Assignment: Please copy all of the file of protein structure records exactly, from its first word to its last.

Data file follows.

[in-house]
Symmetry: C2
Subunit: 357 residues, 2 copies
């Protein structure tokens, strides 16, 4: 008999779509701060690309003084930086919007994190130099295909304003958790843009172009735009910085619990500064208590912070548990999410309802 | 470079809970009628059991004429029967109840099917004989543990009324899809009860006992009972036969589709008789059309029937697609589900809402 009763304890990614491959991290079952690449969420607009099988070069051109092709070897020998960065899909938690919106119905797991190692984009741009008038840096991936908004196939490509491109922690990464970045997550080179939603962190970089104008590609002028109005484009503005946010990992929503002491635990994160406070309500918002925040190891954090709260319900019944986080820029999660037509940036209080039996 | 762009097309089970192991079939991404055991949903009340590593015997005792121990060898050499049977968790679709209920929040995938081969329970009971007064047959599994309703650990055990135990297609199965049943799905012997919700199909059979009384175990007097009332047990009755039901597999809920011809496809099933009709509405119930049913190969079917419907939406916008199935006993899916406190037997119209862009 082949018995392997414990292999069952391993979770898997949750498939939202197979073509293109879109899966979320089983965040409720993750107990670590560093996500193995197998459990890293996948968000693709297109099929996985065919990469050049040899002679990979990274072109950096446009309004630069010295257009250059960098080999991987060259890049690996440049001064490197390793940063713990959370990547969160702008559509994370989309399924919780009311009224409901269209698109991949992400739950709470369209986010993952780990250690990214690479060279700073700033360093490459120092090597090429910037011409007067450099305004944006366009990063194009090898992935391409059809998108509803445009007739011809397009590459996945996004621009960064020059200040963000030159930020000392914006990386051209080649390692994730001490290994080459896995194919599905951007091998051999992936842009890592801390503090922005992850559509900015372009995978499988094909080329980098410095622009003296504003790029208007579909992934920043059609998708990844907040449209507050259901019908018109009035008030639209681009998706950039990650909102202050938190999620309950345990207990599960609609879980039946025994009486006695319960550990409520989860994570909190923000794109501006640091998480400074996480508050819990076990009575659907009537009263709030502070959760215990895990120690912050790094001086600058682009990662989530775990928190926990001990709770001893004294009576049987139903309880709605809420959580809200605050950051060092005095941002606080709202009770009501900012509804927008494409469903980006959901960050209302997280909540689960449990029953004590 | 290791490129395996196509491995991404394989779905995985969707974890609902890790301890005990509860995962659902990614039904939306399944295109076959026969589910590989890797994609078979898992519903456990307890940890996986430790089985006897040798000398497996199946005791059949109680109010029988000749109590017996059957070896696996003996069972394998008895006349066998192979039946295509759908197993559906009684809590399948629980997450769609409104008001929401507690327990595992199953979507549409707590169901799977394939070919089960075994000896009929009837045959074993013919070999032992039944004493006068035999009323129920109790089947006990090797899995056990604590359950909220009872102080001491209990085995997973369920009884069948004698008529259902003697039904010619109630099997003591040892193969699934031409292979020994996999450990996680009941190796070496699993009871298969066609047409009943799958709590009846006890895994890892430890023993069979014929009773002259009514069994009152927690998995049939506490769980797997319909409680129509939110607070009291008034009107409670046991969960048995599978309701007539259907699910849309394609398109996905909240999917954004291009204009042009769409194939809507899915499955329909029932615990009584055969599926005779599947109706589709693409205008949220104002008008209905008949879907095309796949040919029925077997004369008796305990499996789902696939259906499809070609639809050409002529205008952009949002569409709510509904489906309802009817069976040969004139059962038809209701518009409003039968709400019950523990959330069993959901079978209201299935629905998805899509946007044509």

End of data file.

[in-house]
Symmetry: C2
Subunit: 357 residues, 2 copies
């Protein structure tokens, strides 16, 4: 008999779509701060690309003084930086919007994190130099295909304003958790843009172009735009910085619990500064208590912070548990999410309802 | 470079809970009628059991004429029967109840099917004989543990009324899809009860006992009972036969589709008789059309029937697609589900809402 009763304890990614491959991290079952690449969420607009099988070069051109092709070897020998960065899909938690919106119905797991190692984009741009008038840096991936908004196939490509491109922690990464970045997550080179939603962190970089104008590609002028109005484009503005946010990992929503002491635990994160406070309500918002925040190891954090709260319900019944986080820029999660037509940036209080039996 | 762009097309089970192991079939991404055991949903009340590593015997005792121990060898050499049977968790679709209920929040995938081969329970009971007064047959599994309703650990055990135990297609199965049943799905012997919700199909059979009384175990007097009332047990009755039901597999809920011809496809099933009709509405119930049913190969079917419907939406916008199935006993899916406190037997119209862009 082949018995392997414990292999069952391993979770898997949750498939939202197979073509293109879109899966979320089983965040409720993750107990670590560093996500193995197998459990890293996948968000693709297109099929996985065919990469050049040899002679990979990274072109950096446009309004630069010295257009250059960098080999991987060259890049690996440049001064490197390793940063713990959370990547969160702008559509994370989309399924919780009311009224409901269209698109991949992400739950709470369209986010993952780990250690990214690479060279700073700033360093490459120092090597090429910037011409007067450099305004944006366009990063194009090898992935391409059809998108509803445009007739011809397009590459996945996004621009960064020059200040963000030159930020000392914006990386051209080649390692994730001490290994080459896995194919599905951007091998051999992936842009890592801390503090922005992850559509900015372009995978499988094909080329980098410095622009003296504003790029208007579909992934920043059609998708990844907040449209507050259901019908018109009035008030639209681009998706950039990650909102202050938190999620309950345990207990599960609609879980039946025994009486006695319960550990409520989860994570909190923000794109501006640091998480400074996480508050819990076990009575659907009537009263709030502070959760215990895990120690912050790094001086600058682009990662989530775990928190926990001990709770001893004294009576049987139903309880709605809420959580809200605050950051060092005095941002606080709202009770009501900012509804927008494409469903980006959901960050209302997280909540689960449990029953004590 | 290791490129395996196509491995991404394989779905995985969707974890609902890790301890005990509860995962659902990614039904939306399944295109076959026969589910590989890797994609078979898992519903456990307890940890996986430790089985006897040798000398497996199946005791059949109680109010029988000749109590017996059957070896696996003996069972394998008895006349066998192979039946295509759908197993559906009684809590399948629980997450769609409104008001929401507690327990595992199953979507549409707590169901799977394939070919089960075994000896009929009837045959074993013919070999032992039944004493006068035999009323129920109790089947006990090797899995056990604590359950909220009872102080001491209990085995997973369920009884069948004698008529259902003697039904010619109630099997003591040892193969699934031409292979020994996999450990996680009941190796070496699993009871298969066609047409009943799958709590009846006890895994890892430890023993069979014929009773002259009514069994009152927690998995049939506490769980797997319909409680129509939110607070009291008034009107409670046991969960048995599978309701007539259907699910849309394609398109996905909240999917954004291009204009042009769409194939809507899915499955329909029932615990009584055969599926005779599947109706589709693409205008949220104002008008209905008949879907095309796949040919029925077997004369008796305990499996789902696939259906499809070609639809050409002529205008952009949002569409709510509904489906309802009817069976040969004139059962038809209701518009409003039968709400019950523990959330069993959901079978209201299935629905998805899509946007044509």